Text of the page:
Kazuo Ishiguro wins Nobel Prize in Literature
Author is best known for novel ‘The Remains of the Day’
Kazuo Ishiguro has been awarded this year’s Nobel Prize in Literature. The citation praised a writer who “in novels of great emotional force, has uncovered the abyss beneath our illusory sense of connection with the world”.
The 62-year-old author is best known for his novel, The Remains of the Day, which won the Man Booker Prize in 1989. He was born in Nagasaki, Japan but his family moved to England in 1960 when he was five. He has previously won the Whitbread Prize in 1986 for An Artist of the Floating World.
Ishiguro described the news as “flabbergastingly flattering”. He admitted to the BBC that he hadn't been contacted by the Nobel committee and wasn't sure whether it was a hoax. He said: “It’s a magnificent honour, mainly because it means that I’m in the footsteps of the greatest authors that have lived, so that’s a terrific commendation.”
The award marks a return to safer ground for the Nobel selection committee after last year's controversial decision to award the prize to US singer songwriter Bob Dylan.
“If you mix Jane Austen and Franz Kafka, then you have Kazuo Ishiguro in a nutshell, but you have to add a little bit of Marcel Proust into the mix,” Sara Danius, the permanent secretary of the Swedish Academy, said. “Then you stir, but not too much, then you have his writings.”
Danius described Ishiguro as a writer of great integrity. “He doesn’t look to the side. He has developed an aesthetic universe all his own.”
Ishiguro has been a full-time author ever since his first book, A Pale View of Hills (1982). Both it and the subsequent one, An Artist of the Floating World, take place in Nagasaki a few years after the second World War.
The themes Ishiguro is most associated with are already present here: memory, time, and self-delusion. This is particularly notable in his most renowned novel, The Remains of the Day, which was turned into a film starring Anthony Hopkins as the duty-obsessed butler Stevens.
Ishiguro’s writings are marked by a carefully restrained mode of expression, independent of whatever events are taking place. At the same time, his more recent fiction contains fantastic features. With the dystopian work Never Let Me Go (2005), Ishiguro introduced a cold undercurrent of science fiction.
In this novel, as in several others, we also find musical influences. A striking example is the collection of short stories titled Nocturnes: Five Stories of Music and Nightfall (2009), where music plays a pivotal role in depicting the characters’ relationships. In his latest novel, The Buried Giant (2015), an elderly couple go on a road trip through an archaic English landscape, hoping to reunite with their adult son, whom they have not seen for years. It explores how memory relates to oblivion, history to the present, and fantasy to reality.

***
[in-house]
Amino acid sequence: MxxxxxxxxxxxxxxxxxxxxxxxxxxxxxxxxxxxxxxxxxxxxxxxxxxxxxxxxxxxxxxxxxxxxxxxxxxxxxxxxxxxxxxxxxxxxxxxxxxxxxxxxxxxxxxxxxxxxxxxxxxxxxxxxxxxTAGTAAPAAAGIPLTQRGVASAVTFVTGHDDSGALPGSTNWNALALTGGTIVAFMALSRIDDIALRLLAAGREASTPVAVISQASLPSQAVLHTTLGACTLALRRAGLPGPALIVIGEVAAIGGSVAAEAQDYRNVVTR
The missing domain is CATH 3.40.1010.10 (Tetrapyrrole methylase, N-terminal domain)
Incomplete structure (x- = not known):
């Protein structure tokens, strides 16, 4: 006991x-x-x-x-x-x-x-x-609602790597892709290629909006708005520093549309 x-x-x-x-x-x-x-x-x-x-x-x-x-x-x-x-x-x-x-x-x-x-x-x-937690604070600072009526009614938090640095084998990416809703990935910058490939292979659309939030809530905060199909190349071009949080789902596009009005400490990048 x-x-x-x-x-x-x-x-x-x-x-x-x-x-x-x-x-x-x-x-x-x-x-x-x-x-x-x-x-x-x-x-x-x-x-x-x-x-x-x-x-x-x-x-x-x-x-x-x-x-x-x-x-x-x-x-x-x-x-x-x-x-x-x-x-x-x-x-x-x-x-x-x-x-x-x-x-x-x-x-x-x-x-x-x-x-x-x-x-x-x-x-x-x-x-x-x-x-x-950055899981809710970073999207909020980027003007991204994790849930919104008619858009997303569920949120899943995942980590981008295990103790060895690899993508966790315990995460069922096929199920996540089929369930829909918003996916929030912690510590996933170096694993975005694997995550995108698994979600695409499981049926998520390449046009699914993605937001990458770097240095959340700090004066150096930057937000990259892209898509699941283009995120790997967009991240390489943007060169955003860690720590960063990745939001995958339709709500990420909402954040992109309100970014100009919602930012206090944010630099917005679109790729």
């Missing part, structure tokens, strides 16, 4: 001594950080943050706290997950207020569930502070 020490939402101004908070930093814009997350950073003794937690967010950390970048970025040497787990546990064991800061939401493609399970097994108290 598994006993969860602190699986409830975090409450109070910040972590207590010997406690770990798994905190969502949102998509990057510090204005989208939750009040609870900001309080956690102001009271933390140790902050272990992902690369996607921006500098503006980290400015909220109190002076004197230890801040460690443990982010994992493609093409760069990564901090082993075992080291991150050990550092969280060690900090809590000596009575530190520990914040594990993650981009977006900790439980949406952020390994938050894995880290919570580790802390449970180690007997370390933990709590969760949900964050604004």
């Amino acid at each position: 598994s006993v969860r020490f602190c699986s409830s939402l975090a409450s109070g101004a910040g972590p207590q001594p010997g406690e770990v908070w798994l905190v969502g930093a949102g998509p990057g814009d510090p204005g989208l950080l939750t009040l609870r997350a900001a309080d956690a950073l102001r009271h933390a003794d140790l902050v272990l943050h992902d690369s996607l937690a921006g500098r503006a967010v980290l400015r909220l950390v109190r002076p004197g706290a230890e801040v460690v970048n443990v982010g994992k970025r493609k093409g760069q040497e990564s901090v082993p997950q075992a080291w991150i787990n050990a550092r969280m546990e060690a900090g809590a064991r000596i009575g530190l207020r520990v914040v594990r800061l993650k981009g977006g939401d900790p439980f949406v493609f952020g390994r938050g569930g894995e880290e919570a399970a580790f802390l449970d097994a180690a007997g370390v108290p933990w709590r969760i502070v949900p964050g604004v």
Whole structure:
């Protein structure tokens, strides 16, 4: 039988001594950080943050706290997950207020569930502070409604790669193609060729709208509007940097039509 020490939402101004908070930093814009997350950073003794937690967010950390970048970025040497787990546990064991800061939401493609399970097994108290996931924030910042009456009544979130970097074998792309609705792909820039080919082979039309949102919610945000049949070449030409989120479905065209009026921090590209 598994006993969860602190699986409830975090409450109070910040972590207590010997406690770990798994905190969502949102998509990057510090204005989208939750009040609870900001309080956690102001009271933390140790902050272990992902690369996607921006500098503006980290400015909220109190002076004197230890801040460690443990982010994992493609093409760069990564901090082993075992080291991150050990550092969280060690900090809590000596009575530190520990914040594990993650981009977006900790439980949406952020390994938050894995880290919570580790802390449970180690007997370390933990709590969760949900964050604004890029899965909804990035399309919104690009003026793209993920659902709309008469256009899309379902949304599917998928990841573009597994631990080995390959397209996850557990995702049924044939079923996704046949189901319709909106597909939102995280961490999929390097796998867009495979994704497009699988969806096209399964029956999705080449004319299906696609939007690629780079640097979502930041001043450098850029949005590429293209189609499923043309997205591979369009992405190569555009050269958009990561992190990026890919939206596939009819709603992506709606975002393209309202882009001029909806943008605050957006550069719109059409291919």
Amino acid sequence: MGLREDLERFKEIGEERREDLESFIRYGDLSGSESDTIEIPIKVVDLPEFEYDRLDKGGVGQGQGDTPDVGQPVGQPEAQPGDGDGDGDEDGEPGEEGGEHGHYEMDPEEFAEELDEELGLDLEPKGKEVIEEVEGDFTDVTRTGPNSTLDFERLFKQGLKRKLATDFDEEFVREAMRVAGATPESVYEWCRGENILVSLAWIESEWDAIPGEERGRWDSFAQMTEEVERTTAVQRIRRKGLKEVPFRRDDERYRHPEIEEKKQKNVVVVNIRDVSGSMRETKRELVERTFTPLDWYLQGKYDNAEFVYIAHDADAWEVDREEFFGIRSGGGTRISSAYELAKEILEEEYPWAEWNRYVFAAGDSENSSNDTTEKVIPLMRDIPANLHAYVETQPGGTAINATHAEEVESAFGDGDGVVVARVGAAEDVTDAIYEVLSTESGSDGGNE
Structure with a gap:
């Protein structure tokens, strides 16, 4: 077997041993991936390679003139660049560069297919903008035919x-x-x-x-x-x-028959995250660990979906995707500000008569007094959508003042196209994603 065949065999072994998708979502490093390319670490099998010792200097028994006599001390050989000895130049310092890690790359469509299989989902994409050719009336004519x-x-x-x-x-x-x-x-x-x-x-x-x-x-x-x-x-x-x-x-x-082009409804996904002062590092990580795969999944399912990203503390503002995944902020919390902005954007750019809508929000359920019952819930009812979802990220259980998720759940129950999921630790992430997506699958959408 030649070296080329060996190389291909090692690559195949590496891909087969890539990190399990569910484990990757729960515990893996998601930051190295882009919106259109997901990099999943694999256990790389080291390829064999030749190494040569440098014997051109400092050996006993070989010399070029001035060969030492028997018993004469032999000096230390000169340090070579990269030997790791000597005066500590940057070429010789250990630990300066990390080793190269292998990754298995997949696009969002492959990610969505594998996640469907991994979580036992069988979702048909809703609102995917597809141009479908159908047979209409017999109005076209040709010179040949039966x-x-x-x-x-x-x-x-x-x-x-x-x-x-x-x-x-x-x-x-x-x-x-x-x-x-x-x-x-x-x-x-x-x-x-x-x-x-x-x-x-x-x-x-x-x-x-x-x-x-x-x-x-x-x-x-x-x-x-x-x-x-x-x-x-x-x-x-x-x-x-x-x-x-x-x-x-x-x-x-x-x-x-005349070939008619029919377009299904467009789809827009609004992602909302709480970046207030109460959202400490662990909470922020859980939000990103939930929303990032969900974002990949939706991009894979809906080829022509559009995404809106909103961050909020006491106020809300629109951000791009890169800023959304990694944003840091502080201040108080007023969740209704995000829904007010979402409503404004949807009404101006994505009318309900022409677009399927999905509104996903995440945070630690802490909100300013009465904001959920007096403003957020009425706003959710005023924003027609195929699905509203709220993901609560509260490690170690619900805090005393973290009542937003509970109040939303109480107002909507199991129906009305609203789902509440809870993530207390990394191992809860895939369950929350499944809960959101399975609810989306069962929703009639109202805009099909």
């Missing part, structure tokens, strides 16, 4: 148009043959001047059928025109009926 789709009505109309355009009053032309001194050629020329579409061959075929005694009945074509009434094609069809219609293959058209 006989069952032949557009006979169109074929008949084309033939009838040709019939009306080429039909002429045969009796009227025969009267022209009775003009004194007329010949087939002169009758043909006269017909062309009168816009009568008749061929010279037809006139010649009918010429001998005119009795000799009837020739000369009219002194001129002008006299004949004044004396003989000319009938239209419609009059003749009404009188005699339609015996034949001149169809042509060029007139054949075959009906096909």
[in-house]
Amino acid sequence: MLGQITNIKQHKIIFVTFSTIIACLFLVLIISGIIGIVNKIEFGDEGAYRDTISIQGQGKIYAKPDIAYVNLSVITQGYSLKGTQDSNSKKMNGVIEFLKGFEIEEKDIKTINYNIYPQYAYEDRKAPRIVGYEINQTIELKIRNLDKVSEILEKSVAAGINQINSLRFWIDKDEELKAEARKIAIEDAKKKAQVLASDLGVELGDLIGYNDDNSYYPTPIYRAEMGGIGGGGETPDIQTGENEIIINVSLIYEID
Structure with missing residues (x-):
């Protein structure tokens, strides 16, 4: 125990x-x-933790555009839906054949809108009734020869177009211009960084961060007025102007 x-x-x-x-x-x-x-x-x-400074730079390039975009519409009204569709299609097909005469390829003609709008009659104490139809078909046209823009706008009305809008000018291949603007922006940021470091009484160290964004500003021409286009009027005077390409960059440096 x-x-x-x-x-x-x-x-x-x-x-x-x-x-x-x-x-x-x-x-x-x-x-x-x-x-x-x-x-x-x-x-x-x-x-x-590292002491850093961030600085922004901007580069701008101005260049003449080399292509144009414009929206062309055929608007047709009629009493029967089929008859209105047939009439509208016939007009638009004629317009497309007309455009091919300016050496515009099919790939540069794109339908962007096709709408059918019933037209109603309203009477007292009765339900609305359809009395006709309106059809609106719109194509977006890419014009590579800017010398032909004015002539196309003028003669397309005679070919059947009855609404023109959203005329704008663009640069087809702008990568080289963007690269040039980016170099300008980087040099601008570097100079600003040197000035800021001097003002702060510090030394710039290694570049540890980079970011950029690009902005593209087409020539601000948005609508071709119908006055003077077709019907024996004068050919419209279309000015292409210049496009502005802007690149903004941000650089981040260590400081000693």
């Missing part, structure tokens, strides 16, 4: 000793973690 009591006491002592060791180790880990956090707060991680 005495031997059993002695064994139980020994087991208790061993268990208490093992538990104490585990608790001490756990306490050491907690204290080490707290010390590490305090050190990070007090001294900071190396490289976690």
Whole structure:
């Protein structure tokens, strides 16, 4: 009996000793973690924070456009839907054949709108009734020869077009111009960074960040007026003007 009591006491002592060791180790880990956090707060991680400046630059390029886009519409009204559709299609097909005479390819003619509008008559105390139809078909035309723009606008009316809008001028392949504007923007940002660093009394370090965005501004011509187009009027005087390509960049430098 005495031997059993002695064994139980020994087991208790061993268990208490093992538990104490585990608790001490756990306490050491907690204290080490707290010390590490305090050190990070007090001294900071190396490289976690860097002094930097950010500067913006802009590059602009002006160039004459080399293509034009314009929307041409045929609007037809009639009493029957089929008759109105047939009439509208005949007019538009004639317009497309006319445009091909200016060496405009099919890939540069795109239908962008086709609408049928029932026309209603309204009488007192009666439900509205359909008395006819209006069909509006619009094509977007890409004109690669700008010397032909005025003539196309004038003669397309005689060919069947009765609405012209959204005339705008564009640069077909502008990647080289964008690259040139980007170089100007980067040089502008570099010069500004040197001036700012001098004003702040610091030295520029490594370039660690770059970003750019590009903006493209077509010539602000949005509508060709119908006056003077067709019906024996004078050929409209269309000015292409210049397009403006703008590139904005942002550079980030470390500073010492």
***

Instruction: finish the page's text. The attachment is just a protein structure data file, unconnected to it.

John Boyne, author of The Boy in the Striped Pyjamas and a regular Irish Times critic, reacted with enthusiasm to the news. “By pure chance, about 10 minutes before the announcement of this year’s Nobel Prize in Literature, a question popped into my head: if I could have written someone else’s novel what would it have been? And my first thought was The Remains of the Day.
“Kazuo Ishiguro is a most surprising choice for the Nobel Prize – I didn’t see his name listed anywhere as a potential winner – but it’s hard to argue with his elevation to laureate status. From his first novel, A Pale View of Hills, he has written of isolation and loss with elegance, empathy and lyricism. His underrated The Unconsoled (1995) recalls Kafka as his pianist narrator struggles with a sense of dislocation in central Europe, while his foray into speculative fiction with Never Let Me Go (2005) is as unsettling and conceivable as Margaret Atwood’s The Handmaid’s Tale.
“The only work of his that I didn’t get on with was his most recent novel, The Buried Giant which, frankly, baffled me. But from one University of East Anglia creative writing graduate to another, hats off.”
Reviewing The Buried Giant, Irish Times literary correspondent Eileen Battersby wrote: “Ishiguro enjoys ambiguity and uses it well. He is a stylist, calm and unhurried, a master of mood. Yet he usually has something to say.
“He first emerged as a writer of beautiful works such as his debut A Pale View of Hills and An Artist of the Floating World. The Remains of the Day is one of Britain’s finest postwar novels. The Unconsoled is a Rubik’s cube, the genius of which is more apparent on a second reading.
“With Never Let Me Go Ishiguro wrote a prophetic narrative about human cloning. Only the lacklustre When We Were Orphans (2000) has disappointed.”
She was less enamoured of The Buried Giant itself: “this cautionary, half-hearted novel is not quite a fairy tale, not quite a fantasy. Instead it dangles unconvincingly somewhere between the two.”
However, even in her otherwise critical review of When We Were Orphans she acknowledged that the author “has a graceful, limpid prose style and a subtle shrewdness. Ishiguro is also a writer not so much caught between two cultures as nimbly side-stepping them and this is central to his fiction with its themes of war and displacement.”
The Nobel Prize in Literature is worth nine million kroner, approximately €944,000.